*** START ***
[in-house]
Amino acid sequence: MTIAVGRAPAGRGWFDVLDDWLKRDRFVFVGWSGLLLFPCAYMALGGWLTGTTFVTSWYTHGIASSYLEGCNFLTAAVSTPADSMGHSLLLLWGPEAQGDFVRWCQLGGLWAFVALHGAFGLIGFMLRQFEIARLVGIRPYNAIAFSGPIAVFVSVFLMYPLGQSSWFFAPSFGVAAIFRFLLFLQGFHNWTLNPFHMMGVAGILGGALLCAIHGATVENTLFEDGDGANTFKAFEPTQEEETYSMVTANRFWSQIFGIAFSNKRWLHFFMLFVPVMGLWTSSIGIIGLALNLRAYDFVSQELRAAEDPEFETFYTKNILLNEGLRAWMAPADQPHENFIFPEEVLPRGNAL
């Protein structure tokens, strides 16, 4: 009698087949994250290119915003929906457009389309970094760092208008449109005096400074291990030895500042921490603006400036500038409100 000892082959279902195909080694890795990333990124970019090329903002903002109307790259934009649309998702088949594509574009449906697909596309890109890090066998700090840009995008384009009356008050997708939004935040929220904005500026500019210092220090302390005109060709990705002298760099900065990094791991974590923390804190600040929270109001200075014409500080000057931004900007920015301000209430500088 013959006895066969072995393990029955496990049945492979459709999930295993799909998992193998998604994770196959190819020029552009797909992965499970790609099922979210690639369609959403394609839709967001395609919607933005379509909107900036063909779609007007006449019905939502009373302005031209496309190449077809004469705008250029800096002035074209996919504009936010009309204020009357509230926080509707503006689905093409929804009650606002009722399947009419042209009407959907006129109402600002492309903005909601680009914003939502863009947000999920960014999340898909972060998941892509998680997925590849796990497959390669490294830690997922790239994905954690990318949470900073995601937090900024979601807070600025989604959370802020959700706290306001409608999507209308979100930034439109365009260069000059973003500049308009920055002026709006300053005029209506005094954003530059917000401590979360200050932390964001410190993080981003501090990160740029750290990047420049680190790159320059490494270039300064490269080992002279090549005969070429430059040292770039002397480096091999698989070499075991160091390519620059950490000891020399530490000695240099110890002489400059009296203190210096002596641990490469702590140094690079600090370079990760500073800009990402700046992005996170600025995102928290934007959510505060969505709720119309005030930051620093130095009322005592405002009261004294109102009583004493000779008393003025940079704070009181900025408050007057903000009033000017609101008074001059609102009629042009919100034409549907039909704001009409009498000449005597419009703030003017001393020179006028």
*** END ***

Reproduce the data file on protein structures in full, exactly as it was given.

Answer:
[in-house]
Amino acid sequence: MTIAVGRAPAGRGWFDVLDDWLKRDRFVFVGWSGLLLFPCAYMALGGWLTGTTFVTSWYTHGIASSYLEGCNFLTAAVSTPADSMGHSLLLLWGPEAQGDFVRWCQLGGLWAFVALHGAFGLIGFMLRQFEIARLVGIRPYNAIAFSGPIAVFVSVFLMYPLGQSSWFFAPSFGVAAIFRFLLFLQGFHNWTLNPFHMMGVAGILGGALLCAIHGATVENTLFEDGDGANTFKAFEPTQEEETYSMVTANRFWSQIFGIAFSNKRWLHFFMLFVPVMGLWTSSIGIIGLALNLRAYDFVSQELRAAEDPEFETFYTKNILLNEGLRAWMAPADQPHENFIFPEEVLPRGNAL
């Protein structure tokens, strides 16, 4: 009698087949994250290119915003929906457009389309970094760092208008449109005096400074291990030895500042921490603006400036500038409100 000892082959279902195909080694890795990333990124970019090329903002903002109307790259934009649309998702088949594509574009449906697909596309890109890090066998700090840009995008384009009356008050997708939004935040929220904005500026500019210092220090302390005109060709990705002298760099900065990094791991974590923390804190600040929270109001200075014409500080000057931004900007920015301000209430500088 013959006895066969072995393990029955496990049945492979459709999930295993799909998992193998998604994770196959190819020029552009797909992965499970790609099922979210690639369609959403394609839709967001395609919607933005379509909107900036063909779609007007006449019905939502009373302005031209496309190449077809004469705008250029800096002035074209996919504009936010009309204020009357509230926080509707503006689905093409929804009650606002009722399947009419042209009407959907006129109402600002492309903005909601680009914003939502863009947000999920960014999340898909972060998941892509998680997925590849796990497959390669490294830690997922790239994905954690990318949470900073995601937090900024979601807070600025989604959370802020959700706290306001409608999507209308979100930034439109365009260069000059973003500049308009920055002026709006300053005029209506005094954003530059917000401590979360200050932390964001410190993080981003501090990160740029750290990047420049680190790159320059490494270039300064490269080992002279090549005969070429430059040292770039002397480096091999698989070499075991160091390519620059950490000891020399530490000695240099110890002489400059009296203190210096002596641990490469702590140094690079600090370079990760500073800009990402700046992005996170600025995102928290934007959510505060969505709720119309005030930051620093130095009322005592405002009261004294109102009583004493000779008393003025940079704070009181900025408050007057903000009033000017609101008074001059609102009629042009919100034409549907039909704001009409009498000449005597419009703030003017001393020179006028």